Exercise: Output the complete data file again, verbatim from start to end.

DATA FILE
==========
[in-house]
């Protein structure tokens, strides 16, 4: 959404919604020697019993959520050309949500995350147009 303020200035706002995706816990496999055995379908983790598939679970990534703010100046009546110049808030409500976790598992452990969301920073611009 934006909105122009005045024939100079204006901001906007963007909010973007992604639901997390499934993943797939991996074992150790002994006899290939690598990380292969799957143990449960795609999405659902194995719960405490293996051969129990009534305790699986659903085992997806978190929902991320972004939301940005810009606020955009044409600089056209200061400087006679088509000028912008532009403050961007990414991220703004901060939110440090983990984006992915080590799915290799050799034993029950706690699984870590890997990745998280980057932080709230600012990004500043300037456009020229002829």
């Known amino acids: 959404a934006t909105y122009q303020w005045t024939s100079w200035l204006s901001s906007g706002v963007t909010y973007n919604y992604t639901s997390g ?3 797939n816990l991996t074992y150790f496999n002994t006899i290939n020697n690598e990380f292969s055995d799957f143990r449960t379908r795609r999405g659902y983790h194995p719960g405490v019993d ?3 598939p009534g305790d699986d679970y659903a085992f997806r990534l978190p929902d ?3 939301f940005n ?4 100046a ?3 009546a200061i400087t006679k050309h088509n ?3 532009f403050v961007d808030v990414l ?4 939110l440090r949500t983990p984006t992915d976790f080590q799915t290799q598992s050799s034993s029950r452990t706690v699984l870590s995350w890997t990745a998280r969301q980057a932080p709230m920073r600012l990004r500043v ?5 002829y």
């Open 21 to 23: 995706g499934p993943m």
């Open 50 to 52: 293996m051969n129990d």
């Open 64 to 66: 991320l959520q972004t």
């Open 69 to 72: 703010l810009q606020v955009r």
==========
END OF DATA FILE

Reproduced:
[in-house]
């Protein structure tokens, strides 16, 4: 959404919604020697019993959520050309949500995350147009 303020200035706002995706816990496999055995379908983790598939679970990534703010100046009546110049808030409500976790598992452990969301920073611009 934006909105122009005045024939100079204006901001906007963007909010973007992604639901997390499934993943797939991996074992150790002994006899290939690598990380292969799957143990449960795609999405659902194995719960405490293996051969129990009534305790699986659903085992997806978190929902991320972004939301940005810009606020955009044409600089056209200061400087006679088509000028912008532009403050961007990414991220703004901060939110440090983990984006992915080590799915290799050799034993029950706690699984870590890997990745998280980057932080709230600012990004500043300037456009020229002829």
């Known amino acids: 959404a934006t909105y122009q303020w005045t024939s100079w200035l204006s901001s906007g706002v963007t909010y973007n919604y992604t639901s997390g ?3 797939n816990l991996t074992y150790f496999n002994t006899i290939n020697n690598e990380f292969s055995d799957f143990r449960t379908r795609r999405g659902y983790h194995p719960g405490v019993d ?3 598939p009534g305790d699986d679970y659903a085992f997806r990534l978190p929902d ?3 939301f940005n ?4 100046a ?3 009546a200061i400087t006679k050309h088509n ?3 532009f403050v961007d808030v990414l ?4 939110l440090r949500t983990p984006t992915d976790f080590q799915t290799q598992s050799s034993s029950r452990t706690v699984l870590s995350w890997t990745a998280r969301q980057a932080p709230m920073r600012l990004r500043v ?5 002829y």
């Open 21 to 23: 995706g499934p993943m």
């Open 50 to 52: 293996m051969n129990d």
């Open 64 to 66: 991320l959520q972004t």
């Open 69 to 72: 703010l810009q606020v955009r």